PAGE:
Sound designer for `Not About Nightingales' at the National Theatre
I'M ALWAYS THERE when the script is first read, listening and taking notes. How it sounds the first time you read it is where you get your first proper impression of what the sound is going to be like. This play is set in a prison during the 1930s, so I watched some old Jimmy Cagney movies - he did a lot of films in prison - to look for phone rings, buzzer sounds, siren sounds and gunfire. I need the sound of a gunboat for when the troopers arrive in the play to quell the riot: I'm playing around with an old air-raid siren at the moment, and ships horns and factory hooters.
This play needs harsh, hostile sounds to heighten tension. And the problem is that there are 18 actors in a prison that's supposed to have 3,400 inmates. I'm going to record lots of banging noises on the set. I'll be throwing some piping and benches at it, which I'll sample and sequence.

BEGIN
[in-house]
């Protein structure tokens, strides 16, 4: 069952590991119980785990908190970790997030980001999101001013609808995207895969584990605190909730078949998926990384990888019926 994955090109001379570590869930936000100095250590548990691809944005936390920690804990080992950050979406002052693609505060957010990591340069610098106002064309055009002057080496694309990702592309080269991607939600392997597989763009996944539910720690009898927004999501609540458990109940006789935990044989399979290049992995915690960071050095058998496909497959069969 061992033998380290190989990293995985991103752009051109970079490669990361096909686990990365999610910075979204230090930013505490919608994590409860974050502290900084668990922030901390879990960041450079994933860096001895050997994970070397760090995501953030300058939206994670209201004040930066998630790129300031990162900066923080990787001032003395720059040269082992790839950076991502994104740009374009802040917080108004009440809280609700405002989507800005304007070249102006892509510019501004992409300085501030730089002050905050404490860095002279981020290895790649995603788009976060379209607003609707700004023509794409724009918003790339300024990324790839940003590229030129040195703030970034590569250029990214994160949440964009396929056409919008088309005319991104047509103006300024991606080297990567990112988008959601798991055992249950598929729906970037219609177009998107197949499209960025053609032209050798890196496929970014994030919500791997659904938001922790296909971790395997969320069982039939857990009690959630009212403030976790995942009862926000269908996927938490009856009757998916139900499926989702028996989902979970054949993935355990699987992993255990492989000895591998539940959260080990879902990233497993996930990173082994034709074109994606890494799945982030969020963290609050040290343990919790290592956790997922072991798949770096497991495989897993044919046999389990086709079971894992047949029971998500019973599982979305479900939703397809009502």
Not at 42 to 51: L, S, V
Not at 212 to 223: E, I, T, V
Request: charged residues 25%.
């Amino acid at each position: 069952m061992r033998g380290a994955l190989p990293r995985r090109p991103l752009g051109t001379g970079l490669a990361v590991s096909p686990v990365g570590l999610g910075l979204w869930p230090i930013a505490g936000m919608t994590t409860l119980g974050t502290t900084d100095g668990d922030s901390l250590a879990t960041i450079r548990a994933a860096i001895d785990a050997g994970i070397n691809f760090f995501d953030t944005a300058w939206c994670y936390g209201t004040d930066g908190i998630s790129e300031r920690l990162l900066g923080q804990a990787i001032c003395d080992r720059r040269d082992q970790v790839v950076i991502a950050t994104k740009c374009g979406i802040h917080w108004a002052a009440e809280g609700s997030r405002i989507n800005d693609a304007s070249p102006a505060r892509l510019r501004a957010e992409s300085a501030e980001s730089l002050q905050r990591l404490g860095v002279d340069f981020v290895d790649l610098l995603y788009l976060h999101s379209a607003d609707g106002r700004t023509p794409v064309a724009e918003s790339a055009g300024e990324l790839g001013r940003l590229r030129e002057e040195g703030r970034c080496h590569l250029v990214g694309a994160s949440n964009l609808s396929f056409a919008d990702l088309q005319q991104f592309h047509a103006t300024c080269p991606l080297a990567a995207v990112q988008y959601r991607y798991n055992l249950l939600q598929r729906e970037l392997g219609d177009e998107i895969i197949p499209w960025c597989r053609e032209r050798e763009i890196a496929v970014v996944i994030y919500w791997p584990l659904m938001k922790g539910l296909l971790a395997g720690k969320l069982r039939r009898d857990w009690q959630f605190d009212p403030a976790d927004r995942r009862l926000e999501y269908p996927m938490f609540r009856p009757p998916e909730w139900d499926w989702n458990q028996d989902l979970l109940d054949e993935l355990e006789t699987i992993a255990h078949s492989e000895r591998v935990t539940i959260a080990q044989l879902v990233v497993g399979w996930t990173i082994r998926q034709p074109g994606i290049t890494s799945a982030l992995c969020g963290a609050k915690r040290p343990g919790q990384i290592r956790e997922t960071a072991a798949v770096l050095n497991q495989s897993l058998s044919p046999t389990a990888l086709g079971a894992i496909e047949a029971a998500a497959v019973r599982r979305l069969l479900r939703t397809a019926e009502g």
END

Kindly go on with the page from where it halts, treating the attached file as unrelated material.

I'm also going to take the actors off and record them several times talking and shouting. I'll overlay it several times to thicken it, and play it as though it's people off stage. For boiler-room scenes, I make the sound of steam being set off with a fire extinguisher.
Sometimes, we're called upon to create sounds that don't exist, like the Angel of Death passing overhead. So I used umbrellas flapping and slowed them right down.
Trevor Nunn directs Tennessee Williams's `Not About Nightingales' at the Cottesloe, SE1 (0171 928 2252), from Fri.Reuse content